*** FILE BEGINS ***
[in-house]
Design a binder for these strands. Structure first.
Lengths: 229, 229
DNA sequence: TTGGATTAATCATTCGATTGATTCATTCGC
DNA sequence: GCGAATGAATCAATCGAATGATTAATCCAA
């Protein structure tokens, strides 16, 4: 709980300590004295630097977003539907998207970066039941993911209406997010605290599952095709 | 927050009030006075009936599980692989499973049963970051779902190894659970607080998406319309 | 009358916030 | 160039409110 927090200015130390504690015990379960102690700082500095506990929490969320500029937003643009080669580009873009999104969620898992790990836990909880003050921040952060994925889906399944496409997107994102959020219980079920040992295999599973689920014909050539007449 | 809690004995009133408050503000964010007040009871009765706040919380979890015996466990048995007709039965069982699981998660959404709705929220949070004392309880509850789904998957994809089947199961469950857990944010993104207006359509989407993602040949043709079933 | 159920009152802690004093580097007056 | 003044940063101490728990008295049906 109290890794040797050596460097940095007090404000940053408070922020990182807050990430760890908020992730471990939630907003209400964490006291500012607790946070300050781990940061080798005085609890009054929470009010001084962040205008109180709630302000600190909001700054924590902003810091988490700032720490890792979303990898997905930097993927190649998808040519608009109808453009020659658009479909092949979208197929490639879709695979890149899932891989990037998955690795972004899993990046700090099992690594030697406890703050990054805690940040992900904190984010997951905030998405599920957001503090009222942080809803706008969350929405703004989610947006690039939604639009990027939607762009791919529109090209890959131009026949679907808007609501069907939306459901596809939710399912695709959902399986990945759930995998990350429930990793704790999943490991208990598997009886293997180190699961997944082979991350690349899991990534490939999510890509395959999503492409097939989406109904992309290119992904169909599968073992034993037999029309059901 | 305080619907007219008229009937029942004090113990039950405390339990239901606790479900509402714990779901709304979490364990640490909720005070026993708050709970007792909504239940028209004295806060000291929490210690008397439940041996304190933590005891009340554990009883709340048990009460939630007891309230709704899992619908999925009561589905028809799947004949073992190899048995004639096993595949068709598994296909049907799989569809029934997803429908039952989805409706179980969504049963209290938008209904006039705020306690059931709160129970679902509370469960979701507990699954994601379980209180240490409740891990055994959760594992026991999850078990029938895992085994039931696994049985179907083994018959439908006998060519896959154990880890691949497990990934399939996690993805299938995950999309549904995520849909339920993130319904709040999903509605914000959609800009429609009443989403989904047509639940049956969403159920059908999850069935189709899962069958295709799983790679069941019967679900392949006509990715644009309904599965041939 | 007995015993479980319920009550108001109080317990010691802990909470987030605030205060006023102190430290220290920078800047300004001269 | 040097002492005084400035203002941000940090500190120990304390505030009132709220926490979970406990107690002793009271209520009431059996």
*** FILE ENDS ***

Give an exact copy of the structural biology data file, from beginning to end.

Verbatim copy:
[in-house]
Design a binder for these strands. Structure first.
Lengths: 229, 229
DNA sequence: TTGGATTAATCATTCGATTGATTCATTCGC
DNA sequence: GCGAATGAATCAATCGAATGATTAATCCAA
């Protein structure tokens, strides 16, 4: 709980300590004295630097977003539907998207970066039941993911209406997010605290599952095709 | 927050009030006075009936599980692989499973049963970051779902190894659970607080998406319309 | 009358916030 | 160039409110 927090200015130390504690015990379960102690700082500095506990929490969320500029937003643009080669580009873009999104969620898992790990836990909880003050921040952060994925889906399944496409997107994102959020219980079920040992295999599973689920014909050539007449 | 809690004995009133408050503000964010007040009871009765706040919380979890015996466990048995007709039965069982699981998660959404709705929220949070004392309880509850789904998957994809089947199961469950857990944010993104207006359509989407993602040949043709079933 | 159920009152802690004093580097007056 | 003044940063101490728990008295049906 109290890794040797050596460097940095007090404000940053408070922020990182807050990430760890908020992730471990939630907003209400964490006291500012607790946070300050781990940061080798005085609890009054929470009010001084962040205008109180709630302000600190909001700054924590902003810091988490700032720490890792979303990898997905930097993927190649998808040519608009109808453009020659658009479909092949979208197929490639879709695979890149899932891989990037998955690795972004899993990046700090099992690594030697406890703050990054805690940040992900904190984010997951905030998405599920957001503090009222942080809803706008969350929405703004989610947006690039939604639009990027939607762009791919529109090209890959131009026949679907808007609501069907939306459901596809939710399912695709959902399986990945759930995998990350429930990793704790999943490991208990598997009886293997180190699961997944082979991350690349899991990534490939999510890509395959999503492409097939989406109904992309290119992904169909599968073992034993037999029309059901 | 305080619907007219008229009937029942004090113990039950405390339990239901606790479900509402714990779901709304979490364990640490909720005070026993708050709970007792909504239940028209004295806060000291929490210690008397439940041996304190933590005891009340554990009883709340048990009460939630007891309230709704899992619908999925009561589905028809799947004949073992190899048995004639096993595949068709598994296909049907799989569809029934997803429908039952989805409706179980969504049963209290938008209904006039705020306690059931709160129970679902509370469960979701507990699954994601379980209180240490409740891990055994959760594992026991999850078990029938895992085994039931696994049985179907083994018959439908006998060519896959154990880890691949497990990934399939996690993805299938995950999309549904995520849909339920993130319904709040999903509605914000959609800009429609009443989403989904047509639940049956969403159920059908999850069935189709899962069958295709799983790679069941019967679900392949006509990715644009309904599965041939 | 007995015993479980319920009550108001109080317990010691802990909470987030605030205060006023102190430290220290920078800047300004001269 | 040097002492005084400035203002941000940090500190120990304390505030009132709220926490979970406990107690002793009271209520009431059996």